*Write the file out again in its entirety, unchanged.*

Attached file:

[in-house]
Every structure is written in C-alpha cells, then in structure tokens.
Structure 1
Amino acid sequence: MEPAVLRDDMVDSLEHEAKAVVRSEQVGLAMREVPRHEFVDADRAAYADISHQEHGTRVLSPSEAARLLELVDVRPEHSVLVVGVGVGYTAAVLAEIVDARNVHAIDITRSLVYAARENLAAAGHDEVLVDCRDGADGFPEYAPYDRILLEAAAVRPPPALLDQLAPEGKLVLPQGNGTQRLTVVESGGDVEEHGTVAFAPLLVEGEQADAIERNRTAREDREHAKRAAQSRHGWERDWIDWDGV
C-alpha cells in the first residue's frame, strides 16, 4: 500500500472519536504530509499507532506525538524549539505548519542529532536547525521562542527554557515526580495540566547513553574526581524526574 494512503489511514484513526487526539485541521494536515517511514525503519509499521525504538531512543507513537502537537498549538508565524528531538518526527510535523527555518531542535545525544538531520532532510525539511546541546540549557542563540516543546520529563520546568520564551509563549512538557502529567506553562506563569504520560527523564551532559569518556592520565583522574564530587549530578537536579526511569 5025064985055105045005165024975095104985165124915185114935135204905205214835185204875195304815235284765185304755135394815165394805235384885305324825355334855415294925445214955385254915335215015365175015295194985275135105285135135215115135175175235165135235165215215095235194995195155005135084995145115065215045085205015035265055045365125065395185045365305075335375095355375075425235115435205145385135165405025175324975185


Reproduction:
[in-house]
Every structure is written in C-alpha cells, then in structure tokens.
Structure 1
Amino acid sequence: MEPAVLRDDMVDSLEHEAKAVVRSEQVGLAMREVPRHEFVDADRAAYADISHQEHGTRVLSPSEAARLLELVDVRPEHSVLVVGVGVGYTAAVLAEIVDARNVHAIDITRSLVYAARENLAAAGHDEVLVDCRDGADGFPEYAPYDRILLEAAAVRPPPALLDQLAPEGKLVLPQGNGTQRLTVVESGGDVEEHGTVAFAPLLVEGEQADAIERNRTAREDREHAKRAAQSRHGWERDWIDWDGV
C-alpha cells in the first residue's frame, strides 16, 4: 500500500472519536504530509499507532506525538524549539505548519542529532536547525521562542527554557515526580495540566547513553574526581524526574 494512503489511514484513526487526539485541521494536515517511514525503519509499521525504538531512543507513537502537537498549538508565524528531538518526527510535523527555518531542535545525544538531520532532510525539511546541546540549557542563540516543546520529563520546568520564551509563549512538557502529567506553562506563569504520560527523564551532559569518556592520565583522574564530587549530578537536579526511569 5025064985055105045005165024975095104985165124915185114935135204905205214835185204875195304815235284765185304755135394815165394805235384885305324825355334855415294925445214955385254915335215015365175015295194985275135105285135135215115135175175235165135235165215215095235194995195155005135084995145115065215045085205015035265055045365125065395185045365305075335375095355375075425235115435205145385135165405025175324975185